By Konrad Putzier
A studio apartment in this tree-lined co-op building goes for $192,000, and a subway ride to Grand Central takes 22 minutes door-to-door.
The only caveat: it’s in New York’s third-coolest borough, that part of the city where you can go for blocks without finding a single artisanal coffee shop and beards are still a sign of religious affiliation.
Developer Myles Horn, of Printing House fame, is betting that a growing number of apartment hunters will turn to Queens as prices in Manhattan and Brooklyn become increasingly unaffordable.
“It’s a place that’s ripe for development,” he said, explaining why he bought 79 apartments in the 153-unit co-op Continental Park at 87-10 51st Avenue in Elmhurst for $8.5 million.
Horn and his partners at ABC Properties and Fisher Associates are currently renovating the apartments and common areas, adding a gym and a landscaped courtyard. Sales have launched, with a two-bedroom going for $360,000 and a three-bedroom with balcony for $532,800.
Yael Goldman of Nu-Place Realty is marketing the properties as a bargain in several respects.
The co-op offers proximity to Midtown without having to pay Upper East Side or Williamsburg prices. And it features the amenities and stone countertops of new development for a much lower price.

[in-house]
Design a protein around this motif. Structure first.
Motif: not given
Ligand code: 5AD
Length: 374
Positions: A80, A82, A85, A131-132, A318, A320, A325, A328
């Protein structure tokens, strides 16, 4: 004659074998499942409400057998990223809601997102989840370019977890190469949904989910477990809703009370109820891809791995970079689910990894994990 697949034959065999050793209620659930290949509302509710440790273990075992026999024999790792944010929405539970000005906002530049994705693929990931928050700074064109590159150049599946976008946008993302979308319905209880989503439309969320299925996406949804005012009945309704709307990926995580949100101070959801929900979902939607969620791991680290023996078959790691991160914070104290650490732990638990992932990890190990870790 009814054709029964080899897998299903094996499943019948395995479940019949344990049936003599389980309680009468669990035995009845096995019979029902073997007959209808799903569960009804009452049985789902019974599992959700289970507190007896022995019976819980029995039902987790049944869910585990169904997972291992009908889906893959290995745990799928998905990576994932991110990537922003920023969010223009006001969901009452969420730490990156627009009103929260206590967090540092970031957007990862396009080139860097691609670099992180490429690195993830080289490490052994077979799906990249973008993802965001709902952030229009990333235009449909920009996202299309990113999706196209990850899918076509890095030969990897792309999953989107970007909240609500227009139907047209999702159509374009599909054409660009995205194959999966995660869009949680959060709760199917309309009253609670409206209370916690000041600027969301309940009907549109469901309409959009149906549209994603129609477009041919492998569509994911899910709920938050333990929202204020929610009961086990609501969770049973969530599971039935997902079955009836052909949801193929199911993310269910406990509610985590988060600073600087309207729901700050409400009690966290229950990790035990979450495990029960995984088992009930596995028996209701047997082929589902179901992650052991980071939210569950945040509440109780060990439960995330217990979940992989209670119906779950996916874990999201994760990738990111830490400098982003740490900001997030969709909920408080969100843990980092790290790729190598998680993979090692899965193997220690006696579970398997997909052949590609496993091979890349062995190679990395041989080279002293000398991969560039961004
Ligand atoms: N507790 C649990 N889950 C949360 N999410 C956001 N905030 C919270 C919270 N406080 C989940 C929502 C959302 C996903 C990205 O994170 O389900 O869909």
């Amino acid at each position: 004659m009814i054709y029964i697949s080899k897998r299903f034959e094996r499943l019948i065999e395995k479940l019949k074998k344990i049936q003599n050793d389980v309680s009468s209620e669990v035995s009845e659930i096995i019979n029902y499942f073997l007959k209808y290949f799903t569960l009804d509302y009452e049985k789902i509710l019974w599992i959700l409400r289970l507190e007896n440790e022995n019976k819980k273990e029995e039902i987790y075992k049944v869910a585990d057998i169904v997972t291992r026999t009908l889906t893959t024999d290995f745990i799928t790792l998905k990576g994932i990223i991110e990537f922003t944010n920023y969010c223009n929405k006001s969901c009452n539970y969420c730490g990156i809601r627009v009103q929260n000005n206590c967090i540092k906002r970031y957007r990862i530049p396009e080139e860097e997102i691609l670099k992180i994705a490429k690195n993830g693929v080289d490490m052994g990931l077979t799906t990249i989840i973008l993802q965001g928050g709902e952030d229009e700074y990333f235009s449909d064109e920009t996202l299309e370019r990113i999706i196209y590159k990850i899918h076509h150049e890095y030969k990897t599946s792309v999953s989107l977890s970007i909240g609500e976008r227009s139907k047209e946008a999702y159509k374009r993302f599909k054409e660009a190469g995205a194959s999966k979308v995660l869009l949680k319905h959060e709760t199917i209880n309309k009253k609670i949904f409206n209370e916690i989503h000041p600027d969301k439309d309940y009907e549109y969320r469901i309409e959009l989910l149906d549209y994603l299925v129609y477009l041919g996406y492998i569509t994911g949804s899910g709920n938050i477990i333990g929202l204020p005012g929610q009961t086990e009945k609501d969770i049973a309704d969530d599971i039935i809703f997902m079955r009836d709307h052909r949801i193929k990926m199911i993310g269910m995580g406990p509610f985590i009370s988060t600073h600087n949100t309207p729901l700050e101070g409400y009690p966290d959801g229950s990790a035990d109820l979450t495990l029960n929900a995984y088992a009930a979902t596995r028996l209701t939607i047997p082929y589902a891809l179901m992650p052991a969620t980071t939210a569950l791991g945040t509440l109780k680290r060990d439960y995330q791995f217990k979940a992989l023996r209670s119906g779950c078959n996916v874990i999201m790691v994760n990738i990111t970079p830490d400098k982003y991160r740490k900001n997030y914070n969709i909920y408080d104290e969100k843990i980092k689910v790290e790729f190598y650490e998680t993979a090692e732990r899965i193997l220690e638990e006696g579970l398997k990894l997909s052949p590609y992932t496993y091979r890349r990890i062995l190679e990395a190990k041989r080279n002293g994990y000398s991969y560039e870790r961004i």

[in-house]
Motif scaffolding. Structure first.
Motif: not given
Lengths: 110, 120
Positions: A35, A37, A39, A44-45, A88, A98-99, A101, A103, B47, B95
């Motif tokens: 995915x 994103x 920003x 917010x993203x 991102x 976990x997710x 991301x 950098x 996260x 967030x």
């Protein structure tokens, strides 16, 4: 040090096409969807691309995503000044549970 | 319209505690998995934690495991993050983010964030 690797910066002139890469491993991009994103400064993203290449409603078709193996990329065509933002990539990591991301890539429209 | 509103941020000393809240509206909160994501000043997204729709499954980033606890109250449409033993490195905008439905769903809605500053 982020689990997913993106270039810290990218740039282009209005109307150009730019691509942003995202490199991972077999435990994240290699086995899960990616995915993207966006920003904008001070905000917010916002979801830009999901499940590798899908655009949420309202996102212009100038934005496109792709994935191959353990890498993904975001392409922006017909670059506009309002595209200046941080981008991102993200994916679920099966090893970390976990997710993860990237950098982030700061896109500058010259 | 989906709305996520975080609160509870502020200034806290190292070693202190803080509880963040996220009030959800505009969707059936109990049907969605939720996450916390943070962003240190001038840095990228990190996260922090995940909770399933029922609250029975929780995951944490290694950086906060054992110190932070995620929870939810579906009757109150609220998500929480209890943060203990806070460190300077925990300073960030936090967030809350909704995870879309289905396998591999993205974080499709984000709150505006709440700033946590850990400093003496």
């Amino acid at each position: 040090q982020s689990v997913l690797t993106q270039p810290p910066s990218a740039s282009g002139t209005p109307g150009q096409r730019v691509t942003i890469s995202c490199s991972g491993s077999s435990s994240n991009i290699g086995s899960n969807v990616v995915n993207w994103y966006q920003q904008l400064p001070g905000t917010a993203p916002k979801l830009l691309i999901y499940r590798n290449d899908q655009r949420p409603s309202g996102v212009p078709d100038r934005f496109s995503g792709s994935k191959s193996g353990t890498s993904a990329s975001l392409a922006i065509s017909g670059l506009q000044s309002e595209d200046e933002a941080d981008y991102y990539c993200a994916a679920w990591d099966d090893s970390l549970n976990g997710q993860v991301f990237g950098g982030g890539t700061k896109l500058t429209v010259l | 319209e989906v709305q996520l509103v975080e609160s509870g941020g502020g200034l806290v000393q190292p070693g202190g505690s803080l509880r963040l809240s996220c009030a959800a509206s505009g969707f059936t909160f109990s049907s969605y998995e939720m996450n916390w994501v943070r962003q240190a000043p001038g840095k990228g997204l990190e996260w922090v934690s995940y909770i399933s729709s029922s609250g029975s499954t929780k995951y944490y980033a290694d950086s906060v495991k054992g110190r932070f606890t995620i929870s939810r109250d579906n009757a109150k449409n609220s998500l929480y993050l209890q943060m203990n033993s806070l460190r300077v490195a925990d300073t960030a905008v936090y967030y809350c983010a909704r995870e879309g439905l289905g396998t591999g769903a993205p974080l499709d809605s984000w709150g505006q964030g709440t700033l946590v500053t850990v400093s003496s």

So far, the calculation seems to be working. Goldman said 20 units are currently in contract. She added that all units went for the asking price — although this hardly stands out in a borough whose average listings discount in the third quarter was a mere 0.8 percent, according to Miller Samuel.
Horn said he is marketing the building as if it were a new development. “We’re competing with new condo construction, because, essentially, the product we are selling is new condominium,” he argued. “How many other co-ops in Queens have a sales center and model apartments?”
The seven-story, red-brick building has a post-war charm. It was converted from rental to co-op in the 1980s.
When the board ran out of money to maintain the ageing complex, Myles Horn saw an opportunity. He negotiated a deal to buy 79 vacant units in the building for a favorable price, in exchange for creating a fund to upgrade the building’s common areas. Apart from installing a gym and renovating the lobby and hallways, the developers also added new boilers.
In the units they took over, the developers decided to add bedrooms — turning large one-bedrooms into two bedrooms and adding a third room in others. The idea is to appeal to families and those looking to share their place with roommates. The fact that most units have their own balcony is an added bonus.
For Horn, Continental Park is the latest in a long line of Queens residential re-development. Since 1985, he has developed more than 1,500 units in the borough (and 4,500 units as a whole). “(Continental Park) is an opportunity to improve what was once grand housing and make it new again,” he said. “That’s my cup of tea.”